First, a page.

Grant Wolfram, seen during his senior season at Hamilton, will pitch for Central Michigan University next season after deciding against signing with the Detroit Tigers. He had been selected by Detroit in the 17th round of the MLB first-year player draft. (Photo by Jason Wesseldyk)

Wolfram opts to play for CMU instead of turning pro

Jason Wesseldyk

The day was July 8, 2010.
That’s when NBA superstar LeBron James made headlines with a TV special dubbed “The Decision” in which the then-free agent announced he would be leaving Cleveland and “taking his talents to South Beach” by signing with the Miami Heat.
Five years to the day later, recent Hamilton graduate Grant Wolfram made a decision of his own.
And while it didn’t generate the publicity or hype associated with James’ decision, it was a pretty big deal for an 18-year-old who had the option of beginning his professional baseball career or heading off to college.
In the end, Wolfram opted for the latter, as the 6-foot-7 lefthanded hurler announced he would honor his commitment to Central Michigan University rather than signing with the Detroit Tigers.
Since he will be playing at a four-year college, Wolfram will not be eligible for the Major League Baseball draft again until 2018.
“It was a tough choice, but I just think this is the best option for me at this time,” Wolfram said. “It all comes down to me developing more as a player. I plan to go to Central and working hard these next three years to get bigger, stronger and better.”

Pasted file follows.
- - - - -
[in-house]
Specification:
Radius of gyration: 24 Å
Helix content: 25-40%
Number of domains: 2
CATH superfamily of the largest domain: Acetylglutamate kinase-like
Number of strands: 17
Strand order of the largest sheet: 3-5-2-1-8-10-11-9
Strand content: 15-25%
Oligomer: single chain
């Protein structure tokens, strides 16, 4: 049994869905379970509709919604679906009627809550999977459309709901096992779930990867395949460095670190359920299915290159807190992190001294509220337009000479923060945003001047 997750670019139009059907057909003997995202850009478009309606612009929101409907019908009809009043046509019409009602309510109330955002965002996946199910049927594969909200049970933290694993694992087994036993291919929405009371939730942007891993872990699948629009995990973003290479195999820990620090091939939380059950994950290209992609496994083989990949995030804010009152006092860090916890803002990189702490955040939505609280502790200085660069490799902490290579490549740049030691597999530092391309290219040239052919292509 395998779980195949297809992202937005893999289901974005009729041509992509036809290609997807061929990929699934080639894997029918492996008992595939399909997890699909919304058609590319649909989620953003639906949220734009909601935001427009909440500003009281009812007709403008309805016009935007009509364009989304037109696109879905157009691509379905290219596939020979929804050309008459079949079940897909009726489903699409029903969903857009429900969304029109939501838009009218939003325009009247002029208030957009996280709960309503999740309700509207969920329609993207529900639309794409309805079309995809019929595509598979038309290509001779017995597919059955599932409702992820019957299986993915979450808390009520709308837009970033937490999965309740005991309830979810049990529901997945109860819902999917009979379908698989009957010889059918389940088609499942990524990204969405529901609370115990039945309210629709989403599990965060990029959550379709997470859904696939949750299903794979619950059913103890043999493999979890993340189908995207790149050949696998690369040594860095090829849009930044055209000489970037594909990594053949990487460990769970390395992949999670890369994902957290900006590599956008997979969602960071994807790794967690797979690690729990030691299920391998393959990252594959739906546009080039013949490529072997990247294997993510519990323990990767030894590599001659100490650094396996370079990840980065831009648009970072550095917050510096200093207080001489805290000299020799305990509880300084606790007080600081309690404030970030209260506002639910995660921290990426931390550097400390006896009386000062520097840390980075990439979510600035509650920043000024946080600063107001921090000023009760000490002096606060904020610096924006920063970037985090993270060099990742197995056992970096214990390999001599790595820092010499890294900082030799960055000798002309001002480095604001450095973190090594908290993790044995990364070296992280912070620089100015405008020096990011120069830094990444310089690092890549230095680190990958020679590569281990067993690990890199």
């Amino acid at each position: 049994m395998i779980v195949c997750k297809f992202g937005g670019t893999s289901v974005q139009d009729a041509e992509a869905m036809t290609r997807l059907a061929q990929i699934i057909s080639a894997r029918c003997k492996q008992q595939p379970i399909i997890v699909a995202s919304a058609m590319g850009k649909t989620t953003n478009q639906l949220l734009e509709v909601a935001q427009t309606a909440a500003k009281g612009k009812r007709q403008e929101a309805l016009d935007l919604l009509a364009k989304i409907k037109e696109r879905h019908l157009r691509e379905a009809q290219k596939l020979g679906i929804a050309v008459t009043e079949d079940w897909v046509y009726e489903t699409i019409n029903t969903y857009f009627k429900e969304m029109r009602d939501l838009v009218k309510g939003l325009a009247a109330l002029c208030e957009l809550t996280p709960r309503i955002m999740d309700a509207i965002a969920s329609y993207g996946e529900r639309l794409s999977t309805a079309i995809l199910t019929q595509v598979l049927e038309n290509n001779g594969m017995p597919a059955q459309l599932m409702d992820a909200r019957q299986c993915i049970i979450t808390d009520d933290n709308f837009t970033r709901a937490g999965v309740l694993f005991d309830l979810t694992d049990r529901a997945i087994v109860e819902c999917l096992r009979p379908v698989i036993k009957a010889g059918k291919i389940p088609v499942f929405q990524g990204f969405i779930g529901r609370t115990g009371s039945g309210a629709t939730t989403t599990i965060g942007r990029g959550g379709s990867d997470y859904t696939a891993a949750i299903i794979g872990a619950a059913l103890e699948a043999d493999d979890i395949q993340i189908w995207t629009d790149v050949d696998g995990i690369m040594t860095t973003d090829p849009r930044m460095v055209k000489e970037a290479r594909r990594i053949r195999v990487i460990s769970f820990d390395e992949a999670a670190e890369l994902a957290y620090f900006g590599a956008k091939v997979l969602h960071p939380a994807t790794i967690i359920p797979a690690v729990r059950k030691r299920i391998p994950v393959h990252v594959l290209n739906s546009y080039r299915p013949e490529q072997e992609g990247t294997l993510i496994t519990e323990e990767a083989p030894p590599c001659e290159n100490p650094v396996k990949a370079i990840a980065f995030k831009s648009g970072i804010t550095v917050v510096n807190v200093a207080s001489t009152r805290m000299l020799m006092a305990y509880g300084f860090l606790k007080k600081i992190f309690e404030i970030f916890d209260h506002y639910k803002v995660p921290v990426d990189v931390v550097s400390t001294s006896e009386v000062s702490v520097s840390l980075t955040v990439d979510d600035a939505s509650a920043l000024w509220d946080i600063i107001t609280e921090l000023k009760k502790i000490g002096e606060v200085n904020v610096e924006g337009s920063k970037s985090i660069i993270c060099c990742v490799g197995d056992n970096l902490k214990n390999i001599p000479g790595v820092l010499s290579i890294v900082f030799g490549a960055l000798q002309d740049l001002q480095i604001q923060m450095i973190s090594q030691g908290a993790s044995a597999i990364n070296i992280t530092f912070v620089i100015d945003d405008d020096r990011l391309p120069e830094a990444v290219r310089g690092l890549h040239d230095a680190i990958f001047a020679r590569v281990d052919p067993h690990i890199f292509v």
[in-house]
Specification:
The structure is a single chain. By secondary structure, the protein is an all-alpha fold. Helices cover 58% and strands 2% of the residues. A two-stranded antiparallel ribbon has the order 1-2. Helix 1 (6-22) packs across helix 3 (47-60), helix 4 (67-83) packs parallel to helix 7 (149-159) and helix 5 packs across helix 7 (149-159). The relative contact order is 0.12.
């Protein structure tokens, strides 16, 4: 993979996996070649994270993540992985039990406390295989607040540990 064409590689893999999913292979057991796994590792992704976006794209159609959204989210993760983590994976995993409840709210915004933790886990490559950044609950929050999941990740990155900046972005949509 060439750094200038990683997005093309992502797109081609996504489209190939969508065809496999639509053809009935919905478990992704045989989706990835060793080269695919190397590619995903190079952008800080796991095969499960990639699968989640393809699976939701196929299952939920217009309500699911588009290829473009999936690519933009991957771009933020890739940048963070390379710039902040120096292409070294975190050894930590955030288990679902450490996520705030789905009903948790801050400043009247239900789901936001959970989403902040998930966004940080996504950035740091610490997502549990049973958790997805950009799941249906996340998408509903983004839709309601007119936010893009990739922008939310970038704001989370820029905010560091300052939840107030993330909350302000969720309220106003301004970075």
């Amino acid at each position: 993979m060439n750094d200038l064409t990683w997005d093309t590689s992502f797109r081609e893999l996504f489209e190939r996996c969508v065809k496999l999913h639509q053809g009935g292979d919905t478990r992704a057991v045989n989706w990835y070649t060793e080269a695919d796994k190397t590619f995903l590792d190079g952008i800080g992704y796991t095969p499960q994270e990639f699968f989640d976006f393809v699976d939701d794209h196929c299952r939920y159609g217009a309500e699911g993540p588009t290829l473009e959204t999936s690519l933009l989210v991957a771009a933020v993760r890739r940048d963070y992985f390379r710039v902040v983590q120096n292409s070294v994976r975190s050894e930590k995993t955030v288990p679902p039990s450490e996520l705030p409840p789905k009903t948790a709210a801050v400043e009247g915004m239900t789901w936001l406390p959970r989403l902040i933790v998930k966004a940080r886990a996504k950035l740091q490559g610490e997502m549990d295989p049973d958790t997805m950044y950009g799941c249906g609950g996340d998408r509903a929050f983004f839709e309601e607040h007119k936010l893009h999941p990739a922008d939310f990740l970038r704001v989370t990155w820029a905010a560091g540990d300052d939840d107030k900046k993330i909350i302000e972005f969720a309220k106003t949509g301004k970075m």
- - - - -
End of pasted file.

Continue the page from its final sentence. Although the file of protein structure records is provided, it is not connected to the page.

If that happens, then Wolfram will likely improve his draft position when he re-enters the draft.
The Tigers selected him in the 17th round as the 520th overall pick.
“Obviously playing professional baseball is still my goal and I think (going to Central) will help that in the long run,” Wolfram said. “A perfect scenario would be to play really well at Central and then get drafted in the top five rounds next time.”
The chance to get an education was another big factor in Wolfram’s decision.
“By going to Central, I’ll have three years of college out of the way,” he said “And then if I get drafted again, teams pay for you to finish. So that will help. Plus trying to finish one year of college while playing professional baseball is a lot easier than trying to finish all four years of college while playing pro ball.”

For full story, pick up a copy of the July 16 issue of The Allegan County News or subscribe to the e-edition.

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